Quote of the Month

When love and skill work together, expect a miracle. John Ruskin

Friday, August 4, 2017

A Message Meant For You

As you wind through the woodland paths hiking with no particular destination in mind, it suddenly appears like a signal among the forest flora.  The bright white is hard to miss.  You've been told to never touch it when it's attached to a tree but now it's a gift left for you to treasure or use.  Aptly named, the bark of the paper birch is akin to pages in a composition notebook, waiting for words.  It presents possibilities.

This opportunity is like a question, what will you do with what you have?  I Wrote You A Note (Chronicle Books, June 13, 2017) written and illustrated by Lizi Boyd follows the journey of a message sent.  It considers potential based upon perspective.

I wrote you a note.
Did you find it?

No, the note is not found by the intended recipient but Turtle found it.  Did he read it?  No, he did not but he used it as a sail for his log-style raft.  It started to go faster than he was accustomed to going, so he swam away.

Then Duck discovered the note.  Her ducklings were tired.  A dock would be nice.  Spider needed help crossing the stream.  Bird wanted to strengthen her nest.

The note drifted to six more creatures of forest and field.  Each time they found a unique use for it.  Once it was a book.  Another time it was a sun hat.  It was even a napping tent.

Finally the wind found it.  It rose high in the air, moving about on the currents like a gymnast.  When it landed, a request was fulfilled.

Like the note written by her character Lizi Boyd sends an invitation to readers to participate in the narrative as it unfolds.  She creates a welcoming beat with the question

Did you find it?

followed by the three animals who did find it.  When she precedes

found the note

with the name of an animal, we wonder what they will make.  We wonder why they leave their newly designed object.  Here is a sample passage.

Squirrel found the note.
He folded it in half
and made a book.
But squirrels don't 
sit still for very long.

Squirrel dropped 
the book and
scampered up
the tree.

Looking at the opened dust jacket the scene from the front continues on the other side of the spine.  The rows of delicate flowers and grasses provide comfort for five of the animals who find the note.  It's a nice design element to have the girl writing Lizi Boyd's name on the birch bark.  Also by having the girl wear black and white clothing it's a reflection of the black ink on the white birch bark.  The color palette seen on the jacket is continued throughout the book with the addition of other spot colors.

The book case is like a piece of birch bark.  The only thing on it is the title text on the front, to the right.  The opening and closing endpapers are a pattern of grasses like at the top of the dust jacket prior to the sky.  They are done in blues, greens, white and gray.  On the title page the blue bird is carrying the piece of bark with the text on it. Prior to the first page and after the final page, a page is devoted to the replication of birch bark.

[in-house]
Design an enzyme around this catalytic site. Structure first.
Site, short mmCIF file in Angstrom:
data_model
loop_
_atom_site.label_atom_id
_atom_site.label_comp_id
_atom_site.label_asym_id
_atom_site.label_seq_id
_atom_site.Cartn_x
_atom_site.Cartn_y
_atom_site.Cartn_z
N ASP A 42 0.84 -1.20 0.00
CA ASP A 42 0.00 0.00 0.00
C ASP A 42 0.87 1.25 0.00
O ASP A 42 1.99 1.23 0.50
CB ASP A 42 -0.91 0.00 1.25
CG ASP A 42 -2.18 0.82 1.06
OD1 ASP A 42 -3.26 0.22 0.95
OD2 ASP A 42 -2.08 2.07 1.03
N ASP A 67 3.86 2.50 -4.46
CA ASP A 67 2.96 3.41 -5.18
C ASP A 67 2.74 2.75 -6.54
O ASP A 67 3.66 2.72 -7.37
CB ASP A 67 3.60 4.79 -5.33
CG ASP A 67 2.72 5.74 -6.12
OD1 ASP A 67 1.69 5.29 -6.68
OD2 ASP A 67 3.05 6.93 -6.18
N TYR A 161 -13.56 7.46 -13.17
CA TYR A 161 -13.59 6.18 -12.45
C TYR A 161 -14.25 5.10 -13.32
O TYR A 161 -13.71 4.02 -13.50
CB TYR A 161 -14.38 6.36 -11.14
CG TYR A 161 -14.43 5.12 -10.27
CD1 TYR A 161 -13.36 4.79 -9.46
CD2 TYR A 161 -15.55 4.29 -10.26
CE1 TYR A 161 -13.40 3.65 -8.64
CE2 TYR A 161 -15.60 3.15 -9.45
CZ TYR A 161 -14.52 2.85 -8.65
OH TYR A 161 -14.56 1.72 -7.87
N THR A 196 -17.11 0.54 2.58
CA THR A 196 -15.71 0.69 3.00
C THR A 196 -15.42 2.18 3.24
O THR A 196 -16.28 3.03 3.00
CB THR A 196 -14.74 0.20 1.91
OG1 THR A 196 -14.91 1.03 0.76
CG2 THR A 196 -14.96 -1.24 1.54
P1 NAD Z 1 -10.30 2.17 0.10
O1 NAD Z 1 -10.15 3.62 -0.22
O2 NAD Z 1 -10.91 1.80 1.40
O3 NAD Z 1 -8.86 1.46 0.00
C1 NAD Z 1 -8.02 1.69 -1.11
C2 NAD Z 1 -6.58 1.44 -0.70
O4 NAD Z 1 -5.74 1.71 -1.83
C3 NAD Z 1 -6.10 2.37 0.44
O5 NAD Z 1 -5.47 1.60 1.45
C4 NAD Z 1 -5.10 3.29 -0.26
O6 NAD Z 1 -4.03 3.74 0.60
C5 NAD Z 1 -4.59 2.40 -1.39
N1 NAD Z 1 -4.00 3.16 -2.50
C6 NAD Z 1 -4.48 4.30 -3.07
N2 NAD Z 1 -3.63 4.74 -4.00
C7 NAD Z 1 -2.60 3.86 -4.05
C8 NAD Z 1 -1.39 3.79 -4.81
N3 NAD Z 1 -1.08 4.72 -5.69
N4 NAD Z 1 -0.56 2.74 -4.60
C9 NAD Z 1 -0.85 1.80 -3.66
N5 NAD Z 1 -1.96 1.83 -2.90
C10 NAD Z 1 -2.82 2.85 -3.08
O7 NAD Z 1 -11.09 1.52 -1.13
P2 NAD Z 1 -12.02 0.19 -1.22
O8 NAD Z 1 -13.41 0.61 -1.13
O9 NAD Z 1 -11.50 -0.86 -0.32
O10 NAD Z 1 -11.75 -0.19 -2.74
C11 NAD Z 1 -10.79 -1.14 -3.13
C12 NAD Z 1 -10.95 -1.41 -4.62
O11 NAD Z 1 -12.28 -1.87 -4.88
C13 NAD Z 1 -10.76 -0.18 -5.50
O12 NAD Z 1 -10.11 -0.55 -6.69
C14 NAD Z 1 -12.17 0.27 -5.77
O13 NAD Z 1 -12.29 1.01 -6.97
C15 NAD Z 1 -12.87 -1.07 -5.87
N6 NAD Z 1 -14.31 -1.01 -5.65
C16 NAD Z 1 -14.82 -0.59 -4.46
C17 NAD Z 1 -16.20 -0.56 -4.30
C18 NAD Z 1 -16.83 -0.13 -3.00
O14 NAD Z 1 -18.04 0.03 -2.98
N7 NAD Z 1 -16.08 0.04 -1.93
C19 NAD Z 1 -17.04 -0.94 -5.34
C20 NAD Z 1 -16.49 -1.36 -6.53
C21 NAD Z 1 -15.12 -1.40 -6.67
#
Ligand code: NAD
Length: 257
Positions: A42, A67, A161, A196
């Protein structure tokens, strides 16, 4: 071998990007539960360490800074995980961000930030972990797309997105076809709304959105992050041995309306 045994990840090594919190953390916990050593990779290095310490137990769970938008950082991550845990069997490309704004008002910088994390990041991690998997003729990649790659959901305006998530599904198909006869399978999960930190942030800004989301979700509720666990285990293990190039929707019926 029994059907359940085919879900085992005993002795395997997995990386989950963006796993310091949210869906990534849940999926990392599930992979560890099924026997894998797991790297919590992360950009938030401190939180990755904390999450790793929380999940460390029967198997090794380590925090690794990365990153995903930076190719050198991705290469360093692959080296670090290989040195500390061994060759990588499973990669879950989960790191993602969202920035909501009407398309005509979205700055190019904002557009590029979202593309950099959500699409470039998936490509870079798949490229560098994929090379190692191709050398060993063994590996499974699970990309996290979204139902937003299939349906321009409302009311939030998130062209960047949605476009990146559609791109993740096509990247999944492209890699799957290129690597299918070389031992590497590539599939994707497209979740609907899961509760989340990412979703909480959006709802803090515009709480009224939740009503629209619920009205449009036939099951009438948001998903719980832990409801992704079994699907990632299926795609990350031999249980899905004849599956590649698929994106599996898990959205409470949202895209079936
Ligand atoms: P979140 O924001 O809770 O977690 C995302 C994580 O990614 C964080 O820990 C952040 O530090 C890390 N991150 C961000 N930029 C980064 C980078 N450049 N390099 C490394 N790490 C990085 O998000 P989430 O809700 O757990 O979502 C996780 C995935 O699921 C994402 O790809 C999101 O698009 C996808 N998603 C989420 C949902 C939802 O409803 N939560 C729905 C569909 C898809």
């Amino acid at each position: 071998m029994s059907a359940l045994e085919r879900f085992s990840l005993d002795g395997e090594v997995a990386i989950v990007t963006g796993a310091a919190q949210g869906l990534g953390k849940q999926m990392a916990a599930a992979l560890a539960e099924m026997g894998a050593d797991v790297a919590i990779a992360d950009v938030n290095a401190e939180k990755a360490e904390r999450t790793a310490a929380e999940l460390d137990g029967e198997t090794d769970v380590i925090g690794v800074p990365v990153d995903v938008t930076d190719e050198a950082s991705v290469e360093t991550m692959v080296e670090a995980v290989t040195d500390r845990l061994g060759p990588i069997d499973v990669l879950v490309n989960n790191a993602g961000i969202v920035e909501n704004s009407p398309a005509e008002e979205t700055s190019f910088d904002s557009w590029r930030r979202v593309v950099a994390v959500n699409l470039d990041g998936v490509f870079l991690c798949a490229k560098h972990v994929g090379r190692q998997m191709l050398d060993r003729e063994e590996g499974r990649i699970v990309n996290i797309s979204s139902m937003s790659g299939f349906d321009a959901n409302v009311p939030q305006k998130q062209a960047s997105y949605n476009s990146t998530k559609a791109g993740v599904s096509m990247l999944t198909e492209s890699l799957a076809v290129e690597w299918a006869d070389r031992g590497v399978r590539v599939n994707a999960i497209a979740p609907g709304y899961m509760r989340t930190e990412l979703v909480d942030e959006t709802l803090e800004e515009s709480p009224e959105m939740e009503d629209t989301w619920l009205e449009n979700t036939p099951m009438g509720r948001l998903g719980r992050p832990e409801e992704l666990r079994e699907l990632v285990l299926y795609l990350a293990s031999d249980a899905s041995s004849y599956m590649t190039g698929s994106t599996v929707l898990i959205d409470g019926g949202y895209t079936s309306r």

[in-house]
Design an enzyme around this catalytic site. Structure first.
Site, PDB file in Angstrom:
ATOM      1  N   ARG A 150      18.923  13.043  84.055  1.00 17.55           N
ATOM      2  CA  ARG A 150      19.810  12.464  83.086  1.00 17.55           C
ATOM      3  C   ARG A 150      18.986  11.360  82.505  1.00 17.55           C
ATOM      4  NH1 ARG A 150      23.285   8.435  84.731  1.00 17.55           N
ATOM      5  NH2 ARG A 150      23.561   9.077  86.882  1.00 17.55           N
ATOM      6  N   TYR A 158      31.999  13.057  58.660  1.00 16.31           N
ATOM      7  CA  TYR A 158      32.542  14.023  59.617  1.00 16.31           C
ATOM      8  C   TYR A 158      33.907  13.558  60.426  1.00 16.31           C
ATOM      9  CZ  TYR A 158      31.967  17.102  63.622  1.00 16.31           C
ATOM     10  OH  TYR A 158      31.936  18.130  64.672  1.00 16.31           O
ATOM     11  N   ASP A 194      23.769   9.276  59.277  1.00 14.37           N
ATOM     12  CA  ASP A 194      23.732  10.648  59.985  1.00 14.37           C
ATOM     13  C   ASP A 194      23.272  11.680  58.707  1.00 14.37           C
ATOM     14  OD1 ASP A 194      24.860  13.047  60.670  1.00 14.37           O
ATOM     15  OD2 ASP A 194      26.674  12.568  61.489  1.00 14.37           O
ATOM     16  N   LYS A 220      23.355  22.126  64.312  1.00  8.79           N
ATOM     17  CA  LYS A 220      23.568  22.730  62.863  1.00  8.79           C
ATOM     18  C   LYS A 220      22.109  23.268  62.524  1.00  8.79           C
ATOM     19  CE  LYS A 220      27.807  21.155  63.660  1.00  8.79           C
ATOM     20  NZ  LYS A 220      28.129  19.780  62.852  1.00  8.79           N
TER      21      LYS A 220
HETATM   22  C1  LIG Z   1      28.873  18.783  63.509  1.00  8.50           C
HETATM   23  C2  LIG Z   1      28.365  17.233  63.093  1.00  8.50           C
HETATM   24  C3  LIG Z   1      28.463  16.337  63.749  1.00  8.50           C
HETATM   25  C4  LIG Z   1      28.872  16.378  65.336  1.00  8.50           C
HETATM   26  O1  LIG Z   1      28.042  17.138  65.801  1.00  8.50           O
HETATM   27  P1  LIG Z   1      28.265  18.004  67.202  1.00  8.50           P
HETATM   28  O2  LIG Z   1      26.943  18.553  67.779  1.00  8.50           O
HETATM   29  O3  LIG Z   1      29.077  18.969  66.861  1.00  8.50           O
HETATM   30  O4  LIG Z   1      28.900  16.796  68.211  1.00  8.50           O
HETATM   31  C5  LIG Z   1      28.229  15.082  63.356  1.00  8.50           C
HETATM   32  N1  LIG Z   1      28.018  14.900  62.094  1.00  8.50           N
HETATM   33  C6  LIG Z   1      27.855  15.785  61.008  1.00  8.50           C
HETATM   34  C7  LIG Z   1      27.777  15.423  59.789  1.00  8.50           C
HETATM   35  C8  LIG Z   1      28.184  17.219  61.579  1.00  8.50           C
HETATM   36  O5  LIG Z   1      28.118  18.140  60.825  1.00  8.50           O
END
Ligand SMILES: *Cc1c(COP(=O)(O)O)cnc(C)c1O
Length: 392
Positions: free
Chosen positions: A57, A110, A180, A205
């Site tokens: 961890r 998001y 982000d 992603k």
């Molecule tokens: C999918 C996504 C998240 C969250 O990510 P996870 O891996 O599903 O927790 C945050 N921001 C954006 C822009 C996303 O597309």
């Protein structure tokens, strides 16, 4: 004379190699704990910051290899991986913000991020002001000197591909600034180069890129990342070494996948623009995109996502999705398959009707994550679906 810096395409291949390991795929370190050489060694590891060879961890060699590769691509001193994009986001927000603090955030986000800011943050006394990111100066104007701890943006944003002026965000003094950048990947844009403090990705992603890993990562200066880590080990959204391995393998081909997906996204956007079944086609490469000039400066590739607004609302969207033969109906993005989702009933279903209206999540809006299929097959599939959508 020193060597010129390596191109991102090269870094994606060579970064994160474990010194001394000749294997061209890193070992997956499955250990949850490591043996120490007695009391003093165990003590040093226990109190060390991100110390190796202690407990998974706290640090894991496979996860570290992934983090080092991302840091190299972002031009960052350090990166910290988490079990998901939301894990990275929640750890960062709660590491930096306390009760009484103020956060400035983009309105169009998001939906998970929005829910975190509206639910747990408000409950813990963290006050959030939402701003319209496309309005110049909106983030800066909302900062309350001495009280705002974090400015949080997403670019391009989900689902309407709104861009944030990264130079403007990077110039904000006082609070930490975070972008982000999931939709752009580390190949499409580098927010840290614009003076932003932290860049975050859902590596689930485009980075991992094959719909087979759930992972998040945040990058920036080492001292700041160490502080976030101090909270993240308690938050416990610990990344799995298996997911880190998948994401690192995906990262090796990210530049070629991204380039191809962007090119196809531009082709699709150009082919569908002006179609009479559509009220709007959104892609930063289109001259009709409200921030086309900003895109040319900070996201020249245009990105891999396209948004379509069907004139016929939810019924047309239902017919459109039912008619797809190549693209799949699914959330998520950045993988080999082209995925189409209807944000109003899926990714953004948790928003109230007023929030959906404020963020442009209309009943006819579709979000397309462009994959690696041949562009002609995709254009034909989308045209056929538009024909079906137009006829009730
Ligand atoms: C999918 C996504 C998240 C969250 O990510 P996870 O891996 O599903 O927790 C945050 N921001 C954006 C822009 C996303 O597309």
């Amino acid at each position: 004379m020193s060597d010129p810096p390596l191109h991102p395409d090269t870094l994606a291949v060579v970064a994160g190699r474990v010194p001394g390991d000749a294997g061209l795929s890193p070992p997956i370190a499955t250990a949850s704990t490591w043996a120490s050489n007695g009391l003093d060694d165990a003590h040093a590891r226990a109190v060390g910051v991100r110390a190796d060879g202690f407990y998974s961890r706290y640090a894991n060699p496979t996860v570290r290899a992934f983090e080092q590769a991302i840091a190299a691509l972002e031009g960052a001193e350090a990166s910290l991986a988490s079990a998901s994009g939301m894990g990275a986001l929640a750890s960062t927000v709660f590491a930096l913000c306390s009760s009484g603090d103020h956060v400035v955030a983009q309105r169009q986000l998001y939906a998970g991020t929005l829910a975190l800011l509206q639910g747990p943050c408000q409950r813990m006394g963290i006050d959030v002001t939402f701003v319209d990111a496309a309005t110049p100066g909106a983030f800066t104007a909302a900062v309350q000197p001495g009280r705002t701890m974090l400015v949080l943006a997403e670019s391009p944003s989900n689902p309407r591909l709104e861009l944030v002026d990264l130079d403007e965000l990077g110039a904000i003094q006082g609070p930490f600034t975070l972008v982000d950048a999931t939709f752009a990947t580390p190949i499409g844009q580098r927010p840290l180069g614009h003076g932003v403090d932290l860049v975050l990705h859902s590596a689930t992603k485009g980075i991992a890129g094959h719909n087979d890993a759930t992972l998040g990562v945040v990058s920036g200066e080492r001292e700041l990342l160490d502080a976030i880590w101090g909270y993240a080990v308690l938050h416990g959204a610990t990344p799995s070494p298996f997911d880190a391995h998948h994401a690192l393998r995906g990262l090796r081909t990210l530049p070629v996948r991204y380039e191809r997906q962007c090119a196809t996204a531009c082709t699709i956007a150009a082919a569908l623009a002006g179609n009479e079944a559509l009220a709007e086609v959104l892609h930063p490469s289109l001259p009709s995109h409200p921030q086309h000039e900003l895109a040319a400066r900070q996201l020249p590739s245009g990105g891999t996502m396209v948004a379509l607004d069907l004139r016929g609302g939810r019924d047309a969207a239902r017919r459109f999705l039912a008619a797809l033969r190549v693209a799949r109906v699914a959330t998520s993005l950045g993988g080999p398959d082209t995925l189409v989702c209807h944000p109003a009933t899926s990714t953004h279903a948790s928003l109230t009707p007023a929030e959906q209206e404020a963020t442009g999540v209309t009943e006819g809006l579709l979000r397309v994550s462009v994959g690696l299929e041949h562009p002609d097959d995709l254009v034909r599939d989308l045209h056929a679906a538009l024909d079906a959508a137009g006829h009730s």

With the exception of the first and last pages all of the other pictures span two pages.  Parts of the pattern on the endpapers are woven into each image.  The tiny details supply a form of symmetry which in turn generates calm.  Readers will note a portion of the next animal to find the note is placed on the previous page.  This is a fine example of foreshadowing and suggests that readers make predictions.

Rendered in gouache each brush stroke is placed with painstaking care.  Other animals are added to most of the scenes; a honeybee, a frog, a salamander, a woodpecker, blackbirds, a butterfly, a grasshopper, and a caterpillar.  Each picture is a study of a natural setting.

A favorite picture of mine (of many) is of Duck using the note to make a dock for her tired ducklings.  On the left along the bank of the stream, Turtle from the previous page is moving from behind a rock in the background.  To the right in the background the girl is observing a spider web in the grass.  In front of her the small head of a frog is peeking from behind a rock.  Along the bottom the stream stretches from page edge to page edge.  Duck is swimming on the left with one duckling.  The other two are on the piece of birch bark on the right.

Readers, who enjoy titles which expand their thinking, stretching the "what-if", are going to read I Wrote You A Note written and illustrated by Lizi Boyd again and again.  They will pause at ever page turn to take pleasure in each illustration.  This book would be wonderful to explore letter writing, perspective, how certain animals might view a piece of birch bark and as an exploration of the natural world.  Who will you meet?  You will most definitely want a copy of this title on your personal and professional bookshelves.

To learn more about Lizi Boyd and her other work, please follow the link attached to her name to access her website.  If you wish to see an inside spread please visit the publisher's website.  Lizi Boyd is featured at PictureBook Makers.  Several other posts highlight the work of Lizi Boyd during the release of her title, Flashlight.

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